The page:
So how can Merc be trumping Red Bull at their own marketing game? Red Bull boss Dietricht Mateschitz has more money than God? Surely this man can do what is required to be top dog in the F1 marketing stakes?
Like a stream of numbers scrolling up the screen before me, the matrix is being revealed. Mercedes have performed this previously thought impossible feat of defeating King Bull and his cronies.
How? Because they are a car manufacturer. Every day Mercedes build tens of thousands of motorcars. And by the way, motor vehicles are a fundamental component of automotive racing.
And so Mercedes have the desire, the will and the know how to deliver the best prototype racing machines – and they do this because – Formula One is a perfect marketing platform for an auto manufacturer. Whereas fizzy drinks play no part in any part of the design, manufacture or running of a motorcar.
Red Bull are simply in the wrong marketing game.
The threat that Mateschitz may just start his own Red Bull global racing series may only have recently become public, but the persistent claims that the Red Bull and Toro Rosso workforces can be deployed on other projects easily demonstrates the reality of this consideration has been around for some time. There is no way 800 people in Milton Keynes who are dedicated to building racing cars will suddenly change tack and design yachts – or even the most aerodynamically efficient paper clip ever. They will carry on building racing cars, just not for Formula One.
Another thought then zipped across my minds eye like a lightening bolt. Maybe Formula One racing should be all about cars, automotive technology and racing – and then, and only then – will the desire to compete in F1 be anywhere near pure and true.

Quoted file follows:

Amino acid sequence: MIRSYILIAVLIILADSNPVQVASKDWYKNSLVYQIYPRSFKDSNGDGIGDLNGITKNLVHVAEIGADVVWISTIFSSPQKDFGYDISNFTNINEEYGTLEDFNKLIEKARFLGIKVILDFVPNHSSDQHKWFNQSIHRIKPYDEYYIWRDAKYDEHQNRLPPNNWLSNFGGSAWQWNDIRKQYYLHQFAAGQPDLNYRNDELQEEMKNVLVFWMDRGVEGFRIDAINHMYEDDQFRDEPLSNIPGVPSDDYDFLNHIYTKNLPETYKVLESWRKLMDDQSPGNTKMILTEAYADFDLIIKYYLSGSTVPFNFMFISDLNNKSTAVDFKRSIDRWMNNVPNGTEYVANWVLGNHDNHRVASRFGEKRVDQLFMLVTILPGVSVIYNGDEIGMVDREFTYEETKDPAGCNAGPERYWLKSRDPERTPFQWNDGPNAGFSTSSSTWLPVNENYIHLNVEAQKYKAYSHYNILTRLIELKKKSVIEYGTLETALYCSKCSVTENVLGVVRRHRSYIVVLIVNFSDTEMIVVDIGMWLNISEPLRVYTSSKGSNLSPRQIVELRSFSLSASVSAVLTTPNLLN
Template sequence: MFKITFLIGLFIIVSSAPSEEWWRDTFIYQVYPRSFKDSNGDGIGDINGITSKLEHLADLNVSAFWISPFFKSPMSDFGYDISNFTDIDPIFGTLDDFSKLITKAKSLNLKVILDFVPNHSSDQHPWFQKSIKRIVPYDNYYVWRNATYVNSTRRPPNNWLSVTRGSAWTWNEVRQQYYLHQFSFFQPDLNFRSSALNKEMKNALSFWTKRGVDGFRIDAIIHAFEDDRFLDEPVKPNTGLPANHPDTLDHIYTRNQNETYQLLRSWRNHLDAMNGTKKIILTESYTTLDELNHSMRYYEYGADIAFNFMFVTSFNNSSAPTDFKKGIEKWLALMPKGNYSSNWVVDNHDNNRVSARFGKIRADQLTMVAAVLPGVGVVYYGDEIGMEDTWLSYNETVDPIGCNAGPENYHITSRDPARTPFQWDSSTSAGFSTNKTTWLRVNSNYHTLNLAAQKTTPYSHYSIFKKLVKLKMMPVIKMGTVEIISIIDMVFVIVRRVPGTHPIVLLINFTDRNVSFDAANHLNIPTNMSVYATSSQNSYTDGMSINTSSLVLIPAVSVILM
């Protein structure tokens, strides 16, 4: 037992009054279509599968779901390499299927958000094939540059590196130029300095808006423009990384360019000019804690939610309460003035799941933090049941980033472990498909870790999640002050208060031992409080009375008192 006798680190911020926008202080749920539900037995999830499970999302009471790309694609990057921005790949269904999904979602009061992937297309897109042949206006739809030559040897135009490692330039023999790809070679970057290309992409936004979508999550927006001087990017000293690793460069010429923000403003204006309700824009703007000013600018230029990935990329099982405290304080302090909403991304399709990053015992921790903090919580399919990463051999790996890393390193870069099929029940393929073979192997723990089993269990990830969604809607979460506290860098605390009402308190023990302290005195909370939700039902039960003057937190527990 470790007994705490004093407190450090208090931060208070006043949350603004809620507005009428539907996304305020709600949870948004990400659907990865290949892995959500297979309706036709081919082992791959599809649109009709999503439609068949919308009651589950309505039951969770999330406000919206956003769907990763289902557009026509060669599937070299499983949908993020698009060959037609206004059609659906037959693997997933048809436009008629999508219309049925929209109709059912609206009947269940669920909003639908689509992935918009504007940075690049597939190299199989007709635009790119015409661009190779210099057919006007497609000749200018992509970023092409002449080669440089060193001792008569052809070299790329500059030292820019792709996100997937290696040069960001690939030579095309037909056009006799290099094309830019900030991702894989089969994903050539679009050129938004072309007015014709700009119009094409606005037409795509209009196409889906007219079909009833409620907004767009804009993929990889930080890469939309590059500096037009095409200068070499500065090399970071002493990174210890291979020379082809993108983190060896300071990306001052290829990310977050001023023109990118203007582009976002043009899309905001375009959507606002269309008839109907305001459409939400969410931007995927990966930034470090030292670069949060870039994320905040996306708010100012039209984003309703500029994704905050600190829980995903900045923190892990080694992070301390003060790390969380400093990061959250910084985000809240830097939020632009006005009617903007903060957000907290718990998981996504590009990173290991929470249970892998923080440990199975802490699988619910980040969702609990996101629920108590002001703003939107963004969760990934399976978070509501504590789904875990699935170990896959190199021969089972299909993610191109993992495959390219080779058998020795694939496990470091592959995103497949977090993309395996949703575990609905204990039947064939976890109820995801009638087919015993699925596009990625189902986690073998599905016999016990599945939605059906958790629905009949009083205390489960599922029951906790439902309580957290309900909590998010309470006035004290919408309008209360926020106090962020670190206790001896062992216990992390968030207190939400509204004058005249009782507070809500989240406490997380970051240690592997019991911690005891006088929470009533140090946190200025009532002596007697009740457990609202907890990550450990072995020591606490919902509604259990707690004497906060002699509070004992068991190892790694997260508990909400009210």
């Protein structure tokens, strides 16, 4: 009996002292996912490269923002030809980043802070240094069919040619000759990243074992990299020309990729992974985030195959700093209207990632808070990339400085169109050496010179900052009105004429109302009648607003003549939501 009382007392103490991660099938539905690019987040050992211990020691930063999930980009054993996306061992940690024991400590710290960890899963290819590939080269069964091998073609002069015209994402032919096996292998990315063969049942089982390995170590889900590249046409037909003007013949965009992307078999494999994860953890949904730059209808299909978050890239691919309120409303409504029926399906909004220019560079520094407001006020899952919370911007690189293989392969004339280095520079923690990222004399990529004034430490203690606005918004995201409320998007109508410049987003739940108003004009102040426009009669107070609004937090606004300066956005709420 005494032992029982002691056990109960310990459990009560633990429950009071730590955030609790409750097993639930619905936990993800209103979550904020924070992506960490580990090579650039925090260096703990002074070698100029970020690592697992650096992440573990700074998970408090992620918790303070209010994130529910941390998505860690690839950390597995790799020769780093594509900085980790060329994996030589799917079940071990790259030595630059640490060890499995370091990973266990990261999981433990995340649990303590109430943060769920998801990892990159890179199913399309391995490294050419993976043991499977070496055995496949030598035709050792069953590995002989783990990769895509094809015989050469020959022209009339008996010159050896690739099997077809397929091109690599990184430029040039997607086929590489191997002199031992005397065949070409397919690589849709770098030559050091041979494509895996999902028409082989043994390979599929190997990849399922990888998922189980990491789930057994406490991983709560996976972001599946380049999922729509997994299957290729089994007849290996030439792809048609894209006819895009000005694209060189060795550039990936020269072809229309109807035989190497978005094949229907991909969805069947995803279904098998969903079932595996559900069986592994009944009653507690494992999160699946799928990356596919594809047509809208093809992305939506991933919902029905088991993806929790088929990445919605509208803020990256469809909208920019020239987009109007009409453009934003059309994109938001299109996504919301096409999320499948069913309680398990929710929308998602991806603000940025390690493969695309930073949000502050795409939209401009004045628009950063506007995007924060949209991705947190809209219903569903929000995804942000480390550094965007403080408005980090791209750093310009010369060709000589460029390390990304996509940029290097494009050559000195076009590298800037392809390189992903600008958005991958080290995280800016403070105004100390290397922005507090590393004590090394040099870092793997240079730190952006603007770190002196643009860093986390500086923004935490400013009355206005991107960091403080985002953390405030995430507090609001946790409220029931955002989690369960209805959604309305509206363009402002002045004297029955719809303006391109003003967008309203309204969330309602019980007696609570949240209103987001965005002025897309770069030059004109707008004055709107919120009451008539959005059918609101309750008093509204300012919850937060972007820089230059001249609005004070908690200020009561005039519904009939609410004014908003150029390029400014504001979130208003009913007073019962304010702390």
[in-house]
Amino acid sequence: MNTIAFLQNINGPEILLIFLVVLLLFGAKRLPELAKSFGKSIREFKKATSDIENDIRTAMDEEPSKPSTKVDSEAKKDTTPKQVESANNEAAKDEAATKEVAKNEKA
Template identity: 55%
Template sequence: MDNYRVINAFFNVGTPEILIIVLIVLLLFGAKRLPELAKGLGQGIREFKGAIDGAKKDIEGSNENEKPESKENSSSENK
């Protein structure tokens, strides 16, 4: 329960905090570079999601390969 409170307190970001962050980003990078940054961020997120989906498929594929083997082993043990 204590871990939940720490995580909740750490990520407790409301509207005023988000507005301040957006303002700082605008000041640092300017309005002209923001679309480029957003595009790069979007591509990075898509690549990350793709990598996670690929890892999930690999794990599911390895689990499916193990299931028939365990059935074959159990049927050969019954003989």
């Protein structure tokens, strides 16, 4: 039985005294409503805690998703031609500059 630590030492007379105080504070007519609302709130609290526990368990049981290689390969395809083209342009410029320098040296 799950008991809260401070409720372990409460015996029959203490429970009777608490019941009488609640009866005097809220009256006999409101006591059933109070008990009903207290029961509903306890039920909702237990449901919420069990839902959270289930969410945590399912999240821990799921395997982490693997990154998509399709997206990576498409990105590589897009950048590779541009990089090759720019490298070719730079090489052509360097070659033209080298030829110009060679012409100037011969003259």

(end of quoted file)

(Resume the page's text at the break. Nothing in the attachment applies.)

All other corrupt and perverted reasons for participating Formula One should be viewed as mere chaff. These sinful desires lead to irrational thinking that in turn leads to a nonsensical rationale – such as, having to win at all costs, but not enjoying journey and the competition – and also believing your need for a marketing ‘return’ is more important than anyone else’s.
Nobody buys/starts an F1 team to finish last – but someone always does so. No one is truly content with any finishing position other than first, but hey, not everyone can win.
TJ13’s poll last week asked “Are Red Bull necessary for the future of Formula One”, and we had an unprecedented response.
938 (78%) people said no.
263 (22%) people said yes.
The red pill is not good for my state of tranquillity. I am outraged at the covert hijack Red Bull have attempted to pull on Formula One. Yes, they have a recognised and long established genius designer who provides them with some credibility; and the team have produced market leading chassis designs which are worthy of admiration.
However, the Mateschitz F1 empire is fundamentally opposed to the values one would ascribe to Formula One. Red Bull has ingratiated itself on a historic annual motorsports competition and suddenly their threat to withdraw their CASH from the sport is perceived as the final straw which will take F1 down.
The reality is F1 is not and never will be dependent on Red Bull. Bernie Ecclestone may more urgently require their services to meet his contractual obligations with race promoters – but in reality Formula One should extract the Red Bull philosophical cancer from its presence.
And for the TJ13 doubters who think F1 will do down without Red Bull – you too can take the red pill. It’s not too difficult to swallow and there are few adverse after effects. We have reserve tablets to spare.
Any F1 fan should ask the question; ‘why would anyone want to see the raison d’etre of the sport I love – be abused at the hands of a bunch of marketing Charlatans?’
“Red Bull’s position is different to teams such as McLaren or Williams or Ferrari. Formula One has to provide [us with] a return.” Whilst refreshingly honest, this is a monumentally stupid thing to say.
Of course F1 can’t forcibly expel Red Bull, but by damning the persistent winging and complaining of their senior management with indifference and not forcing Ferrari or Mercedes to provide them with an engine, we can but hope they will just go away.
And if Red Bull’s primary reason for being in Formula One is as they state, maybe the response should be – “go find your marketing ‘return’ elsewhere”.